Although the pace of the coronavirus vaccine rollout seems to be picking up across the country, many Americans have been left frustrated by their inability to secure an appointment. With limited vaccine supplies, and very high demand, state-run websites have been overwhelmed, even crashing at times, as millions attempted to log on at the same time.
In Massachusetts, 50,000 new COVID-19 vaccination appointments that became available Thursday were "nearly filled" within 90 minutes of their release, the state reported. Meanwhile, many queued up in a "digital waiting room," some being told that they could be waiting for hours.
Seniors in Illinois have reported spending hours on the phone trying to find an appointment, and in Washington, D.C., Mayor Muriel Bowser reported that the Capitol's vaccine site was experiencing delays on Thursday, after all new vaccination appointments were booked, following an eligibility expansion to include people with preexisting conditions such as severe obesity.
However, an online tool launched earlier this week is hoping to ease some of the burden of finding an available vaccine appointment.
The online portal, called VaccineFinder, which has won the support of the Centers for Disease Control and Prevention, is the brainchild of Dr. John Brownstein, chief innovation officer at Boston Children's Hospital and an ABC News contributor, who runs the site in partnership with Boston Children's and Castlight Health.
The website was initially created by Brownstein and his team nine years ago, following the 2009 H1N1 flu pandemic, when people were eager to be vaccinated against the disease.
"Of course, everyone wanted it, and there was a need to help bring clarity to consumers about where the vaccine was in the community," Brownstein said. Although initially built for the flu, the platform began to include the availability of a range of vaccines, such as shingles, HPV or travel vaccines.
When coronavirus emerged and it became clear that a vaccine would be available, VaccineFinder's technology was updated and rebuilt to create a COVID-19 vaccine website.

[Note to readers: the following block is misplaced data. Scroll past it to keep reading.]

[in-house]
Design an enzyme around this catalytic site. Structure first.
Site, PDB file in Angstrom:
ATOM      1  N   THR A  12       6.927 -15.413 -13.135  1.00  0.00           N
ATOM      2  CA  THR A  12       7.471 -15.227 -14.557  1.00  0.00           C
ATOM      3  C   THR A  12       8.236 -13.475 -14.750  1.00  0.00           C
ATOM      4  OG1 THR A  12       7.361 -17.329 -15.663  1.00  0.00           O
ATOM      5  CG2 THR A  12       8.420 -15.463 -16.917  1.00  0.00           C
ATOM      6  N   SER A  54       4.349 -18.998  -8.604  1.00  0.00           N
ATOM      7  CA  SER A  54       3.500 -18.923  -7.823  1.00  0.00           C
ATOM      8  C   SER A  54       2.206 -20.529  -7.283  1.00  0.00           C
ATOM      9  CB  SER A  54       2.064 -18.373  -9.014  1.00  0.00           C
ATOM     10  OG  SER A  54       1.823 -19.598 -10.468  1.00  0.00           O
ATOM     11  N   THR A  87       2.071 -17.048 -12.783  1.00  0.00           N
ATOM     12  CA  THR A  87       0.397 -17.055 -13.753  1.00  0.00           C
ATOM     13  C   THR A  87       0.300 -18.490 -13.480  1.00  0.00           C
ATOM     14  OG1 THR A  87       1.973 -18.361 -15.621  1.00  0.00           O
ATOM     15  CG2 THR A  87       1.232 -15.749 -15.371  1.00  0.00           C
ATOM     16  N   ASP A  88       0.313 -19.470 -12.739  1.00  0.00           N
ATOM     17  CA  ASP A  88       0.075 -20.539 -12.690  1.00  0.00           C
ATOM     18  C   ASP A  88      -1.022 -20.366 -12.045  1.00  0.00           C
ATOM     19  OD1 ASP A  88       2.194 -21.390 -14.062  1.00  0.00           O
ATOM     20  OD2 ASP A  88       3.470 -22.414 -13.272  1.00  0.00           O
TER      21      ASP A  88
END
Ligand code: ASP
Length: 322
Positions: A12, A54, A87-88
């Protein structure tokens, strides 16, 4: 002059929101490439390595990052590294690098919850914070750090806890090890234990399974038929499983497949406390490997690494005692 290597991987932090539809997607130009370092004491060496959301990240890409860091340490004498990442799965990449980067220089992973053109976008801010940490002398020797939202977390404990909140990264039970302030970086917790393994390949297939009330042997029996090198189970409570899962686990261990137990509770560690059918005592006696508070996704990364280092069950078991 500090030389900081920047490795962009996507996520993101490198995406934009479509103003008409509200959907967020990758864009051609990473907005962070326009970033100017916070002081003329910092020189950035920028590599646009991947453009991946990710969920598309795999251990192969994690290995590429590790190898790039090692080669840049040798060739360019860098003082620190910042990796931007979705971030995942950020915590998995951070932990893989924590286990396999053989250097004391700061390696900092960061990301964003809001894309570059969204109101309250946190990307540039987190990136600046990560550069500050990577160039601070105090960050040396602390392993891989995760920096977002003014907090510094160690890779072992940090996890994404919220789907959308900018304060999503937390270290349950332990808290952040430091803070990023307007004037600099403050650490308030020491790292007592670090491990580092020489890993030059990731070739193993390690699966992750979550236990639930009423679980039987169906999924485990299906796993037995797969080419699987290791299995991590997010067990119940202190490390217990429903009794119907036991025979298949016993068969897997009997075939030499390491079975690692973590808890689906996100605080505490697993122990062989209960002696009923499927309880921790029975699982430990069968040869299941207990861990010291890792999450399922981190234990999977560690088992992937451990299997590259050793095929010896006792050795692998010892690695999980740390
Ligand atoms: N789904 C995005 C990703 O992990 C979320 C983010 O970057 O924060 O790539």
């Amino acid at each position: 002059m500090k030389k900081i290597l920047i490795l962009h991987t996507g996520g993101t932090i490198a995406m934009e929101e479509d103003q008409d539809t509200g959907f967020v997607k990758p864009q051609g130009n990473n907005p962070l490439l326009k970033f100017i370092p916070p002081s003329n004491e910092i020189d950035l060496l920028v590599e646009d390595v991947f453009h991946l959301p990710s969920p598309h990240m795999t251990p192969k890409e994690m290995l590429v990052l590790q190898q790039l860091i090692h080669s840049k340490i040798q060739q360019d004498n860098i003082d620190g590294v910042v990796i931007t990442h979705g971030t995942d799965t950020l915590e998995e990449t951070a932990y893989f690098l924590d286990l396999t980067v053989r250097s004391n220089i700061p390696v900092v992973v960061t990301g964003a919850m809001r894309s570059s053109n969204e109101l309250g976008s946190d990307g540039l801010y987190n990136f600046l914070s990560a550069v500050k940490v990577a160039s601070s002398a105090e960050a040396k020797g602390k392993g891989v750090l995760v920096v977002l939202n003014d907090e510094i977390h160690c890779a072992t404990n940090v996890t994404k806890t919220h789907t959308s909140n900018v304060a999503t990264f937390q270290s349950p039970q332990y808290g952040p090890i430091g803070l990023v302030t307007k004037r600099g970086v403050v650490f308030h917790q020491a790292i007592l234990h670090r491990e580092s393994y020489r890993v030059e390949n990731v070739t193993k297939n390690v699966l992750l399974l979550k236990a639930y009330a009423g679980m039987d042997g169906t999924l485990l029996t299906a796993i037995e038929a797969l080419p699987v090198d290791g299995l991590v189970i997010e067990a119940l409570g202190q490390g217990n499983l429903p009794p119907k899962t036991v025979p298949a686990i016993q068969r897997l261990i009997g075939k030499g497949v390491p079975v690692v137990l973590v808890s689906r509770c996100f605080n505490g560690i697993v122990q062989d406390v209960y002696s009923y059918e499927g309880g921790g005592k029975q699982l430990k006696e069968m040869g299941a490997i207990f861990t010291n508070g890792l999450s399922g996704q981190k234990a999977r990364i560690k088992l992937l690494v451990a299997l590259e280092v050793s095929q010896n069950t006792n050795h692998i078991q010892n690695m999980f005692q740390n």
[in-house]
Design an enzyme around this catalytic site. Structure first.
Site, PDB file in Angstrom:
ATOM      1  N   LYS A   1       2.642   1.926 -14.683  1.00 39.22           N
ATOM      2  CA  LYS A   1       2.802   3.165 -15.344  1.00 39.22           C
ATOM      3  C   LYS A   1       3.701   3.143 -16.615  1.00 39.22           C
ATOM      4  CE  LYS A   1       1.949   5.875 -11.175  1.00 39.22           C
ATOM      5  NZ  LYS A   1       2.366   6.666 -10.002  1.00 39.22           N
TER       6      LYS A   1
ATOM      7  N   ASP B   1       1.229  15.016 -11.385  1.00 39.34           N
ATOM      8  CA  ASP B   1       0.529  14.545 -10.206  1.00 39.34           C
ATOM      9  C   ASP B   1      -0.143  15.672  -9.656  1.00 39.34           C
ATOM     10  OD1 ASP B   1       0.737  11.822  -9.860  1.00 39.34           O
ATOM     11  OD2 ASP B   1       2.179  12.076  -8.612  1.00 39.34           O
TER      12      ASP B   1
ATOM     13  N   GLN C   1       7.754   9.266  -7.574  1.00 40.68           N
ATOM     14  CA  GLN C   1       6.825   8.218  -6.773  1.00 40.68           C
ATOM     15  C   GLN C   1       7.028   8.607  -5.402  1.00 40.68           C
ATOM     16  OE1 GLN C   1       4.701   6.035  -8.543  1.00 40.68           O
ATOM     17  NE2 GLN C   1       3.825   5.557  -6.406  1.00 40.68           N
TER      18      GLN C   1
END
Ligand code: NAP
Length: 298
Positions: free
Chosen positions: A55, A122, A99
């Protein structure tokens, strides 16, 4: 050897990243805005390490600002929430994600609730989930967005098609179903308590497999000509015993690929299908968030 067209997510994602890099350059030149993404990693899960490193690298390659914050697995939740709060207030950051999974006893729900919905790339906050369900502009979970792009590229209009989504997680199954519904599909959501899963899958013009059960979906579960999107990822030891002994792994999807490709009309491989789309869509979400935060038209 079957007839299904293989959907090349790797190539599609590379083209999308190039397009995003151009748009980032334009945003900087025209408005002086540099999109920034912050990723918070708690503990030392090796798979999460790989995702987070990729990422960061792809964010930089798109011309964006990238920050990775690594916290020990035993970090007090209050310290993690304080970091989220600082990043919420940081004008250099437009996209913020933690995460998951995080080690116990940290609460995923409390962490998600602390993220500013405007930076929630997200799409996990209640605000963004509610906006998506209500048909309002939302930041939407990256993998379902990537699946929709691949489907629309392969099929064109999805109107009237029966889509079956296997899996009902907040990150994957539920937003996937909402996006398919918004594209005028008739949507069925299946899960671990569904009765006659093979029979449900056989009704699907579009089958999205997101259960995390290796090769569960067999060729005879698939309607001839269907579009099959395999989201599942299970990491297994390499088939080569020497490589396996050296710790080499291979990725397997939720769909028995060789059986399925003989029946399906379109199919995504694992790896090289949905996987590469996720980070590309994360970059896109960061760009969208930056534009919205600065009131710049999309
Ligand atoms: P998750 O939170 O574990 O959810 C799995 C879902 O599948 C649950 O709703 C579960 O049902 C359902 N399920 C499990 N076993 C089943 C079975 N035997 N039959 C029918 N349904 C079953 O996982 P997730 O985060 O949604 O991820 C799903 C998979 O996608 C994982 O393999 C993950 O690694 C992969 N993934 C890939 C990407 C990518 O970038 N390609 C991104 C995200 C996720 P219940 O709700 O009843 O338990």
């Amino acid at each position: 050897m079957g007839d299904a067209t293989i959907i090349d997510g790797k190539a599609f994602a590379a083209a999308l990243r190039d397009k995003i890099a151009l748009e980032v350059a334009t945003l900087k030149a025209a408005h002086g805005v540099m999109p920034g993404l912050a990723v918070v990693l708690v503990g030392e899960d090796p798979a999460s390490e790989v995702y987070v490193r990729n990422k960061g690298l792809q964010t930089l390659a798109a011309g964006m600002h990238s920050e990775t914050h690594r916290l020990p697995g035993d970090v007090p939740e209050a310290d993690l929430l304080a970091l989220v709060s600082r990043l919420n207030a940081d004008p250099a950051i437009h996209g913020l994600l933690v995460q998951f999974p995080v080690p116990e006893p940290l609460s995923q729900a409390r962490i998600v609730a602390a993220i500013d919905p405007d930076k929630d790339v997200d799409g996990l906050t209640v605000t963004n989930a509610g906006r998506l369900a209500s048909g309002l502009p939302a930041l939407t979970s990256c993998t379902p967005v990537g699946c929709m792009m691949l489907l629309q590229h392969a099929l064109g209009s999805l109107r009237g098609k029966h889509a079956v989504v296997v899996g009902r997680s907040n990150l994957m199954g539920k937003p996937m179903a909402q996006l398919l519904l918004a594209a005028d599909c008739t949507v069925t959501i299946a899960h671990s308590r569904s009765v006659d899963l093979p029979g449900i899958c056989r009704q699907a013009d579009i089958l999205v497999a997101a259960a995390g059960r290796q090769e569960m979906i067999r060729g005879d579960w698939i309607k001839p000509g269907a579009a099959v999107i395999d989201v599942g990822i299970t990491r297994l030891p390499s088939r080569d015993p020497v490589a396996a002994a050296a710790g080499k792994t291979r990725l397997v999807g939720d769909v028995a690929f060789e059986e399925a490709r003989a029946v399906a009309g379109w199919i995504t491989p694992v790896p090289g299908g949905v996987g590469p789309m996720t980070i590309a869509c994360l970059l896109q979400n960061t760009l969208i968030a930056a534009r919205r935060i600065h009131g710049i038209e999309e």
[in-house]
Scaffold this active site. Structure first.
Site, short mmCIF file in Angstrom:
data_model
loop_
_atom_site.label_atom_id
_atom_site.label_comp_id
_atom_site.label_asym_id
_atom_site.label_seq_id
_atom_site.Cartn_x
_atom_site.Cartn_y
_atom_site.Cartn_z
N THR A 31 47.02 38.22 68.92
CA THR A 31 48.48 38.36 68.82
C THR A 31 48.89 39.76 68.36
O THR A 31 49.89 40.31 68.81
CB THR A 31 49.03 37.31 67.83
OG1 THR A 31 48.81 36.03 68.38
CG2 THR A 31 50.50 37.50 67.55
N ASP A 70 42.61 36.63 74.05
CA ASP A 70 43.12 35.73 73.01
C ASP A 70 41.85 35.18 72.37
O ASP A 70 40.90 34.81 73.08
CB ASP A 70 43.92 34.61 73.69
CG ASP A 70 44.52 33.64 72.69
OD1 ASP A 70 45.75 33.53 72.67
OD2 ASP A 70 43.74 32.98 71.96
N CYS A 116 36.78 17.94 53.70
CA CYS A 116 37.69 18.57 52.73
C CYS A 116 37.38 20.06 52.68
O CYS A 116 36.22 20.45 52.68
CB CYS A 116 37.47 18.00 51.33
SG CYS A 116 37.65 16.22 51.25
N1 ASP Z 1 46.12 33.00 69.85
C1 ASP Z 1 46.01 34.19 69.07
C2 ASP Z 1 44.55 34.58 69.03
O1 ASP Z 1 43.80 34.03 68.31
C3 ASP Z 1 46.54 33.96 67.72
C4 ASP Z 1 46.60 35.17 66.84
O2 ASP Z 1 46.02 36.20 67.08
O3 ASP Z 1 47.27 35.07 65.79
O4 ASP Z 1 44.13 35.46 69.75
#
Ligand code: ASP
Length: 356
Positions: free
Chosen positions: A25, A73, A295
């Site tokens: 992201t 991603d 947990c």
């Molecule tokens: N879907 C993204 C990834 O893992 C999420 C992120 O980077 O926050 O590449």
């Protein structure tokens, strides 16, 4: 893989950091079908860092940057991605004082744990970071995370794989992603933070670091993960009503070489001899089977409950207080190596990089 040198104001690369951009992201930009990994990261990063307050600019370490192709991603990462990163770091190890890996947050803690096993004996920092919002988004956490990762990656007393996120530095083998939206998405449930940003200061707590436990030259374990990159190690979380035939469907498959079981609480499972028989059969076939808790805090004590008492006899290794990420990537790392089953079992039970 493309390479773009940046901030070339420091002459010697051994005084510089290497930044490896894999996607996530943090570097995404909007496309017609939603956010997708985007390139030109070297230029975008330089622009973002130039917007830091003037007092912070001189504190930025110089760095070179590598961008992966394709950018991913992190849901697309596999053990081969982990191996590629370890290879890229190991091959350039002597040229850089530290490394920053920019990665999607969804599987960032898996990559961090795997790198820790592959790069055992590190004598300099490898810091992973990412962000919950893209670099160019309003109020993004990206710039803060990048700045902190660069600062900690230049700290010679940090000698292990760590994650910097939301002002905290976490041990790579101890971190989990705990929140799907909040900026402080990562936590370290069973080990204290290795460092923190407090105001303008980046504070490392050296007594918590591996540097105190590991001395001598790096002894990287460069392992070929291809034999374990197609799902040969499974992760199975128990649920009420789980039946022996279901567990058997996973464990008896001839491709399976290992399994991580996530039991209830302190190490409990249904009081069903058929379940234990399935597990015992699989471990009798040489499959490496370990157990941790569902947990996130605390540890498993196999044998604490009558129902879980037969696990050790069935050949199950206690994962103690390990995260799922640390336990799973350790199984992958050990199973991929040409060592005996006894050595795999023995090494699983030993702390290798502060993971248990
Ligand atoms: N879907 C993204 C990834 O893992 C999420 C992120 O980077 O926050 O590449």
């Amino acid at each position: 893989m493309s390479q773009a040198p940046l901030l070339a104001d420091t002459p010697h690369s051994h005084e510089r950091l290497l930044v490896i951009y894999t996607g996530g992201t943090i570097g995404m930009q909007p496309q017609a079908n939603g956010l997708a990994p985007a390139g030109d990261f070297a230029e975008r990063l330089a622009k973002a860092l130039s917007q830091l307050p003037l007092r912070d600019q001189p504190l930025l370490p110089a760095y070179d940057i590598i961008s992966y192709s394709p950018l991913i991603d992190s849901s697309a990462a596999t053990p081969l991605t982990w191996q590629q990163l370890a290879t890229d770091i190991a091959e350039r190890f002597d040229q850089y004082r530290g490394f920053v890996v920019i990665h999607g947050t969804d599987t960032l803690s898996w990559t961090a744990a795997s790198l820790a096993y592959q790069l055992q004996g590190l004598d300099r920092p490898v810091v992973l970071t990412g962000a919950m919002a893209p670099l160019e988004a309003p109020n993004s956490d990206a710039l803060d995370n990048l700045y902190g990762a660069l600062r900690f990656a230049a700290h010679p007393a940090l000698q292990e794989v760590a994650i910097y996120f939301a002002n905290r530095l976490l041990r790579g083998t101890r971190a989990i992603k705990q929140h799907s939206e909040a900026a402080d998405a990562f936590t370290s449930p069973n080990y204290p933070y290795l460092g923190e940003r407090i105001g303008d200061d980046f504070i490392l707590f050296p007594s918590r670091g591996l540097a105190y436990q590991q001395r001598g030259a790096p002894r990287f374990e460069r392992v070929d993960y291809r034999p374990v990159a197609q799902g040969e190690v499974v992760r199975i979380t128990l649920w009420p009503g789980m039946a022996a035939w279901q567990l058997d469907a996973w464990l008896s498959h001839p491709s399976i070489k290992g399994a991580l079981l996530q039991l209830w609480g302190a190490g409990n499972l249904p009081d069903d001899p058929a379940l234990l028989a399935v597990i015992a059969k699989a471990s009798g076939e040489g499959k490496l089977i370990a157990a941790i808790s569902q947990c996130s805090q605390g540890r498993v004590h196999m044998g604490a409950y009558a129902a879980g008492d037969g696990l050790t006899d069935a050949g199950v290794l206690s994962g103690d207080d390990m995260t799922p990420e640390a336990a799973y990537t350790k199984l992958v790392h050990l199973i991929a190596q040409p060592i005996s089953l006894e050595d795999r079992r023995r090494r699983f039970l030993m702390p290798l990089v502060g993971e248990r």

"Essentially, since December, we've been operating where vaccine providers register with our system, and also put in their daily inventory information, so we have clarity on where all the supply is at the provider level for the country," Brownstein said.
The website is not a one-stop shop for people to find and book appointments, but rather an intermediate step that allows users to see all the vaccine providers in their area, and see which ones have slots available for appointments.
The site works in conjunction with the national pharmacy program to display pharmacy and drugstore chains that are receiving vaccines from the federal government. It currently includes vaccine availability statuses at 20,000 locations across the country.
However, in Indiana, Iowa, Tennessee and Alaska the platform is already offering information on where residents can locate vaccines at their local hospitals, clinics and public health sites.
New York and Illinois will be added to the mix in the very near future, Brownstein said, and eventually, all 50 states.
If the website is successful, Brownstein and his fellow developers hope to expand its capability to reach vaccine providers across the country.
To date, states have administered over 66 million coronavirus doses.
As of Wednesday, 17.3% of adults have received one or more doses, and 7.9% are fully vaccinated, according to the CDC. Nearly 50 million total coronavirus doses have been administered since Jan. 20, marking the halfway point of President Joe Biden's goal of administering 100 million doses in his first 100 days in office.
Although Brownstein said the site will not solve all the issues encountered by states, he hopes the tool will at least improve users' experiences in their quest to find a vaccination appointment.
"What we're hoping to do is to remove at least one or two steps in people's really painful journeys in finding vaccines. And over time, we are going to keep adding features to provide the best possible experience," Brownstein explained. "By improving convenience, you can drive uptake. Anything we can do to make it as simple as possible, the greater the chance that someone will get this vaccine."